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GPS Tracking

GPS tracking is the most precise navigation system available today. The global positioning system was developed by the U.S. military during the Cold War in response to the threat of nuclear attack. At the time, the billions of dollars needed to take the existing navigation systems with their incredible limitations to an accurate, dependable navigation system were justified.

The global positioning system provides precise navigation used on munitions, is able to detect nuclear detonation, and is our line of defense from enemy missiles. Thanks to the military, GPS Tracking technology is constantly evolving.

GPS tracking technology is also evolving within the private sector. Civilian use was granted in the mid ‘90s. While anyone with a GPS tracker can access it, the U.S. government still manages the system and takes measures to ensure the technology cannot be used by the enemy for the wrong reasons.

GPS Tracking in the Civilian Sector

There is a dedicated frequency for civilian use. This frequency is not as precise as the frequency used in the military, but it is still highly accurate.

GPS Tracking in Cell Phones

One of the most common civilian uses for GPS tracking is the GPS-Enabled cell phones. These cell phones are essentially GPS trackers. They enable the user to find their way while also tracking the location and movement of the phone. The latter is most helpful in the case of an emergency. Whether someone uses a cell phone to place a 911 call or a cell phone owner has gone missing, they can be located as long as they have their cell phone on their person.

Professional Uses for GPS Tracking

GPS tracking is also used by the civilian sector for professional purposes. A professional GPS tracker is typically able to store large amounts of data, which can be accessed and analyzed later. These GPS tracking devices are also more precise than those used by the general public. They tend to have extra features based on their application.

Professional GPS tracking devices are used for a variety of applications. Tectonics, the measurement of the movement of the Earth's crust, uses GPS tracking devices to measure an exact location on surface of the Earth. This same point is measured year after year and the data is reviewed to see how far it has moved. This often slight movement can be helpful in determining future earthquakes as they create accurate models of fault lines.

Map surveying also uses GPS tracking devices. While before a reference point in the line-of-sight was needed to make accurate measurements, GPS tracking devices can provide more accurate measurements, without needing a reference point, and they do so more quickly.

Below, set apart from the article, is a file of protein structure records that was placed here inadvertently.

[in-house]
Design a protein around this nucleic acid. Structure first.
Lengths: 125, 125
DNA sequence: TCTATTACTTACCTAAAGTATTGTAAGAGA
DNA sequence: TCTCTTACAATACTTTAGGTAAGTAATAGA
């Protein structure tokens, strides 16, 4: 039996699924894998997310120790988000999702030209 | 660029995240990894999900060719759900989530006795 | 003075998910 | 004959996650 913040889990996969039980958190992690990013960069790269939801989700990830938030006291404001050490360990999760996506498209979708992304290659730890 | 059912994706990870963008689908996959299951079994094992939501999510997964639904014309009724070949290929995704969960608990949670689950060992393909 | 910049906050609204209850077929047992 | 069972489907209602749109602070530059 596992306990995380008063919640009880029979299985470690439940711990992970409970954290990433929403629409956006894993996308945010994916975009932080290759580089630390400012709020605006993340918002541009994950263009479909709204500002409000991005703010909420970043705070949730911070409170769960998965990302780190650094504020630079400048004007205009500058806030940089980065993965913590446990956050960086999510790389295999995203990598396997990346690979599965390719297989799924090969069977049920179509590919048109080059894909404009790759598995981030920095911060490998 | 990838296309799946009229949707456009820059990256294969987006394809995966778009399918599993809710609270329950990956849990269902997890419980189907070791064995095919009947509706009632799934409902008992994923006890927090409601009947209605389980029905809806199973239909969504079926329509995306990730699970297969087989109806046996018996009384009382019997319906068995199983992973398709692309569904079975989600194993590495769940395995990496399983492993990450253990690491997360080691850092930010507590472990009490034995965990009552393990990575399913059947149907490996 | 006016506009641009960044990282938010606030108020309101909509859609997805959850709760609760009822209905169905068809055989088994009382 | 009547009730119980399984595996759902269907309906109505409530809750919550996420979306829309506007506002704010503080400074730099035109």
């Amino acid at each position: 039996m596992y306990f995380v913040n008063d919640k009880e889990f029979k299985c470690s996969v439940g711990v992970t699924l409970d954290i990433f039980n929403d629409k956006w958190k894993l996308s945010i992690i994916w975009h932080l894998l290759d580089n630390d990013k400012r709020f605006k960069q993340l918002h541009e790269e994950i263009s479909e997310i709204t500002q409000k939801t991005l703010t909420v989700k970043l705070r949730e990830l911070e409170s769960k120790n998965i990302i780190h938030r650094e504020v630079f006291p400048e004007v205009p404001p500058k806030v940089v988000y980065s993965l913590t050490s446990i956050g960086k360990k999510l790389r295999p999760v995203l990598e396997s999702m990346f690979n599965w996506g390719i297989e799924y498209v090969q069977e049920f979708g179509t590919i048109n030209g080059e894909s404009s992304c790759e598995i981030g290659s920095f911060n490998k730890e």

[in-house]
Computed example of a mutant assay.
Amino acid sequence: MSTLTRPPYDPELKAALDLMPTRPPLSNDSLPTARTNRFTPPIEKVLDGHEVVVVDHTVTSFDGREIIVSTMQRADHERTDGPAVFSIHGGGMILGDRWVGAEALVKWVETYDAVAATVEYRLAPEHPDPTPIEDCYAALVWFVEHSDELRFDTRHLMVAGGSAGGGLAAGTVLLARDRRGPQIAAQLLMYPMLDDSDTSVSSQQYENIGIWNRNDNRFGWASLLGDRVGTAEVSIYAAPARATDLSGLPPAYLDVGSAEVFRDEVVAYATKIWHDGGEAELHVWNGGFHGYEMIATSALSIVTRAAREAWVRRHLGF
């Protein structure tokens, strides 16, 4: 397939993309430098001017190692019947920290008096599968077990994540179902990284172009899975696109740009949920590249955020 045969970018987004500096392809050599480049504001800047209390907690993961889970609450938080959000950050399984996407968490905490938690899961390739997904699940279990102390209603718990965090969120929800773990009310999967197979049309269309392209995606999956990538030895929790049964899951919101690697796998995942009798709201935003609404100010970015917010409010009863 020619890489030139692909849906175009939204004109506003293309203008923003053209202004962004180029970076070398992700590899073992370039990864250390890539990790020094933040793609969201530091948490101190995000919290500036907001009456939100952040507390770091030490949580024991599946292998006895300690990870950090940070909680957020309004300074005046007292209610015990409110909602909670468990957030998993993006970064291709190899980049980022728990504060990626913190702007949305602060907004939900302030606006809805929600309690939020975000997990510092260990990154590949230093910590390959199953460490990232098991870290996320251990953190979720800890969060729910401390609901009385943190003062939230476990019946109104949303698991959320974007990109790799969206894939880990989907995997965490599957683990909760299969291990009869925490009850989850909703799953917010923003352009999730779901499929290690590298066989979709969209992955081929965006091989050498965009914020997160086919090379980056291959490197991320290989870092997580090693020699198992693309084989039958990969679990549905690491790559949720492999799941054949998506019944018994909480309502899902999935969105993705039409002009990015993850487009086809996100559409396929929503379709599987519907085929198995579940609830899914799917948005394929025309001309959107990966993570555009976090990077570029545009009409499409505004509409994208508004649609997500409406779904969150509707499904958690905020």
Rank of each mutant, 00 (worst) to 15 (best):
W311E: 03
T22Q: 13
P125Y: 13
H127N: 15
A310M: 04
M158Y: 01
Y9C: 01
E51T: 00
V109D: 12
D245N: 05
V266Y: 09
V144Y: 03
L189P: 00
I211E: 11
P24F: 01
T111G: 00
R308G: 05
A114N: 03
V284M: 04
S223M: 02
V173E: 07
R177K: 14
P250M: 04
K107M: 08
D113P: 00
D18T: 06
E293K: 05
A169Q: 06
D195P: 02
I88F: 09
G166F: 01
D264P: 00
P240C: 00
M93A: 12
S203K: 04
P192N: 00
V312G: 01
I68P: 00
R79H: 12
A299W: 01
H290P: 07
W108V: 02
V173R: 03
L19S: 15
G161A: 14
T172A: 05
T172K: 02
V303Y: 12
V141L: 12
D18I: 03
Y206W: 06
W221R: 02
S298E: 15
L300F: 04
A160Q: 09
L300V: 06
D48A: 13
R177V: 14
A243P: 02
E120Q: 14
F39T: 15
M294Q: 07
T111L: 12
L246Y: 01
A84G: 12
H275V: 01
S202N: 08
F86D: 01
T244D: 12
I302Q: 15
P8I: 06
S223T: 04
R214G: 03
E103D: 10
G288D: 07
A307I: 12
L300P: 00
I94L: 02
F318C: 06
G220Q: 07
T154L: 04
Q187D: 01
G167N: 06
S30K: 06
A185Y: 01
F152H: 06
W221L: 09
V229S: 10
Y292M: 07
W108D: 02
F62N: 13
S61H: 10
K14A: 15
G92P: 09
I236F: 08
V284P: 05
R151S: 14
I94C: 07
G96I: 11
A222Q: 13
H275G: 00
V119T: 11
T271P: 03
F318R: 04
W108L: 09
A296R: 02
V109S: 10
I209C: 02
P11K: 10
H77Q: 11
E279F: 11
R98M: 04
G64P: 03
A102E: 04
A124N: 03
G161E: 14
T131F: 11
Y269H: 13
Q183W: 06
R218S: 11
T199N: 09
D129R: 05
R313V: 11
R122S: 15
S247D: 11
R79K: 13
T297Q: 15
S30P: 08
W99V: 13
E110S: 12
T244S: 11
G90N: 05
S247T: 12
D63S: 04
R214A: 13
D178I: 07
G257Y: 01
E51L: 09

Companies across the country, as well as law enforcement agencies and emergency services, rely on GPS tracking devices to effectively employ their assets. For instance, a company with a fleet of vehicles with GPS trackers can respond to a client call more quickly because they know exactly which vehicle to dispatch, based on its location to the call.

GPS Tracking for Assets

In addition to GPS tracking used in coordinating their efforts, companies also use GPS tracking devices to track assets. While GPS tracking technology provides navigation, how to get from here to there, it also can be used for tracking, which monitors the movement of the asset.

Today's GPS tracking devices are small with their own power source. They can be used both indoors and out, as well as within cargo containers. No matter the type of weather, they can provide an accurate location of the asset. These GPS tracking devices are attached to the asset and transmit data in reference to their location. The data is received by a dedicated server that analyzes the data. Powerful software can overlay this location data on maps, providing real-time tracking. The most advanced GPS technology can provide location data even in the absence of a clear satellite signal.

GPS Tracking for Recreational Purposes

The civilian sector has expanded the GPS technology for recreational use. For instance, geocaching is an outdoor activity that has participants locating containers throughout the world, using coordinates and their GPS tracker to find them. These containers hold a log book that the participants sign. Sometimes the containers hold inexpensive trinkets.

Waymarking is similar to geocaching using a camera and a GPS tracker to tag photos of interesting locations around the world, from covered bridges to churches to places where one could take a factory tour. These locations can be searched based on tags, providing points of interest for people to visit.

Another recreational use of GPS technology is geotours. Geotours work by providing information based on the point of interest near the GPS tracker. From information about paintings in a museum to military tactics on a battlefield, users receive information appropriate to their interests.

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